HabiJax homes built on land unable to support them, document says
Lawsuit draft cites report finding arsenic in soil samples from site of homes
JACKSONVILLE, Fla. – Some of the 85 homes built in one Northside neighborhood in 17 days by HabiJax and 10,000 volunteers in 2000 were not properly cleared of tree roots before concrete slab foundations were poured, and the concrete slabs were poured before the land was evaluated by city building inspectors, according to a draft of lawsuit prepared by Jacksonville Area Legal Aid against the nonprofit.
But since the homes in the Fairway Oaks neighborhood were constructed, homeowners said they had issues with their houses sinking and slabs cracking.
The News4Jax I-TEAM obtained the 2007 draft of the lawsuit, which points out a breach of the contract by HabiJax, stating, "The land where the homes were built was unable to fully and adequately support the homes, thus causing the homes' walls and floors to crack."
The draft also cited the limited soil investigation of Golfbrook Terrace Apartments – which were previously located at what is now the Fairway Oaks neighborhood -- prepared by Ellis and Associates in 1997.
The report found that pesticides, chromium, lead and arsenic were detected in one soil sample taken from Golfbrook Drive and Brook Forest Drive and aluminum was found in four of the soil samples.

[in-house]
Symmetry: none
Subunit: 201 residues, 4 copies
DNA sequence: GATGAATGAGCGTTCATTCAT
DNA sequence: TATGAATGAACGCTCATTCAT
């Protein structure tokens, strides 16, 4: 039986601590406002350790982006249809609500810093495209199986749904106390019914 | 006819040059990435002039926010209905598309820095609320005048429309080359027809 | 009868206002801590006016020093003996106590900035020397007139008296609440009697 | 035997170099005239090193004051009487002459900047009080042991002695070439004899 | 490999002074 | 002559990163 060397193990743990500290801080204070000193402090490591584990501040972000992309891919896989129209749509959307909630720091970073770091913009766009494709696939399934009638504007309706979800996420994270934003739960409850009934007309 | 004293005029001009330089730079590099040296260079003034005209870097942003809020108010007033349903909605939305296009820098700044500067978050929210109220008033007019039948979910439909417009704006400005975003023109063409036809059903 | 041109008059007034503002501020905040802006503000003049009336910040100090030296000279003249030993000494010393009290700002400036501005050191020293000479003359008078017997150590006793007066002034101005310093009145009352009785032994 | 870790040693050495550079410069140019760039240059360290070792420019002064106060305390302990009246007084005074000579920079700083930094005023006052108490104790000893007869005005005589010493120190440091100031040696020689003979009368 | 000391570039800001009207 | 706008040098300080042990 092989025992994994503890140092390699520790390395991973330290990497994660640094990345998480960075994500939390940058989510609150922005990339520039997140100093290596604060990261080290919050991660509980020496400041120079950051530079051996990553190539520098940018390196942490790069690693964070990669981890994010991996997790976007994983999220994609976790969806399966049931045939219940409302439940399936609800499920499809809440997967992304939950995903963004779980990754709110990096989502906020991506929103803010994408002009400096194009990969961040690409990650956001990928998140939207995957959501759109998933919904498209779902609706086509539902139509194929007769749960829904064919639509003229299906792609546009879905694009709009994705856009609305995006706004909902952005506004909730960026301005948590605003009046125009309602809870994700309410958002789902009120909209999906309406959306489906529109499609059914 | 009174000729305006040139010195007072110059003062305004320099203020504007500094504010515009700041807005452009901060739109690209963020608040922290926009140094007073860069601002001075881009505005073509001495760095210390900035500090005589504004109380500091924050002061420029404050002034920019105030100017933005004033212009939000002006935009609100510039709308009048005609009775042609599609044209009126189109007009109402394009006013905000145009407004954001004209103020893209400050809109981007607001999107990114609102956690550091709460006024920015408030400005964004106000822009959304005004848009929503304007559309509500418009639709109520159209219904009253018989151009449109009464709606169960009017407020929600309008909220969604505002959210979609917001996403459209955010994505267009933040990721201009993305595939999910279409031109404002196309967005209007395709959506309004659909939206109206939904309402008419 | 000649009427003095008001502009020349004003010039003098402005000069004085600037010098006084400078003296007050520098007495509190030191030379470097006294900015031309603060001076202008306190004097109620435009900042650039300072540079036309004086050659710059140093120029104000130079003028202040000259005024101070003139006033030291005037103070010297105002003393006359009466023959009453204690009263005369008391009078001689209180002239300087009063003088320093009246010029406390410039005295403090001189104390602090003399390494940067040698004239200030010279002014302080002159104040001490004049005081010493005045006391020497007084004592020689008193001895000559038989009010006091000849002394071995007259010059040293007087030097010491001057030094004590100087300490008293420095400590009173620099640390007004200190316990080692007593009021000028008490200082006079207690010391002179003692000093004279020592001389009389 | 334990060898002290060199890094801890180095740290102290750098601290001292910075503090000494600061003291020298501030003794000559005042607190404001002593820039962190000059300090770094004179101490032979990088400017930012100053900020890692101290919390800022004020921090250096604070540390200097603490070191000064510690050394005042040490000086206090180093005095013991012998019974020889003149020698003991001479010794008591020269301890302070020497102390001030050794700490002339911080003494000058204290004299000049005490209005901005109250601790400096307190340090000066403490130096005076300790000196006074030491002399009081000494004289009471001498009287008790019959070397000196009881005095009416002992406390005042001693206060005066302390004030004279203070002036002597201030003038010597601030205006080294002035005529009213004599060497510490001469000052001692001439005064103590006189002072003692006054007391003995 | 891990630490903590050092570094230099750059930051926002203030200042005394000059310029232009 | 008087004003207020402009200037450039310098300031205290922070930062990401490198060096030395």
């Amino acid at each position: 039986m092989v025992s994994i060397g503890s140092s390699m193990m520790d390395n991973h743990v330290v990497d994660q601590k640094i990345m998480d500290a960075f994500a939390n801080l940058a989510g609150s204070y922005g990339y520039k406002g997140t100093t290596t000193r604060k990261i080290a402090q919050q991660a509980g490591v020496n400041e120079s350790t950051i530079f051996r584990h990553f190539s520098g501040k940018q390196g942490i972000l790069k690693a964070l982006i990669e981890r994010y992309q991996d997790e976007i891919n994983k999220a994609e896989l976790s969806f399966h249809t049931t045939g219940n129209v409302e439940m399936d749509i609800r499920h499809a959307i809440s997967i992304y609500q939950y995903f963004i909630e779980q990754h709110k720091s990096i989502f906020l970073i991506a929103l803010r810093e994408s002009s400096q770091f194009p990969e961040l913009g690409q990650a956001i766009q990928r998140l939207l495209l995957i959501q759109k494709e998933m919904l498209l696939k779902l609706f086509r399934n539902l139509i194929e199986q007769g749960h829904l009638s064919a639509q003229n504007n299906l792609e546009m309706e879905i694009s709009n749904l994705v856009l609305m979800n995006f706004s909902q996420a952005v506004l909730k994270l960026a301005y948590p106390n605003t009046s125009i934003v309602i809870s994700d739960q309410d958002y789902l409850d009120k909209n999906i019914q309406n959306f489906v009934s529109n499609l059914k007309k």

And an arsenic test was also conducted and 12 soil samples were collected. The report showed that all of the samples contained arsenic.
The draft of the lawsuit was prepared by Jacksonville Area Legal Aid on behalf of 14 different homeowners, including Donna Johnson.
Johnson, along with many other homeowners, said just years after purchasing their homes from HabiJax, their dreams turned into nightmares, and even split in half.
“From one side of the house to the other, all the way in the house and you can even see it on the outside of the house, all the way across,” Johnson said.
Johnson is now going into her 17th year paying a mortgage on her home and she said she’s just wondering if HabiJax is waiting until year 25, when the mortgages are all paid off, so this issue will no longer be their problem.
“It’s scary, you know? I don't even drink the water. I buy bottled water all the time. I have to bathe in it, but I don't drink it,” Johnson said. “It’s got to get better. They have to do something or else it’s going to always be there because I want my dream back. I want my dream home back.”
The I-TEAM reached out the Mayor’s Office and it directed the request to Habitat for Humanity of Jacksonville. The I-TEAM also reached out to Councilwoman Katrina Brown, who has told residents that she is working on the issue, but she has not responded yet.
Habitat for Humanity will not be making a comment since the homeowners are represented by Jacksonville Area Legal Aid.
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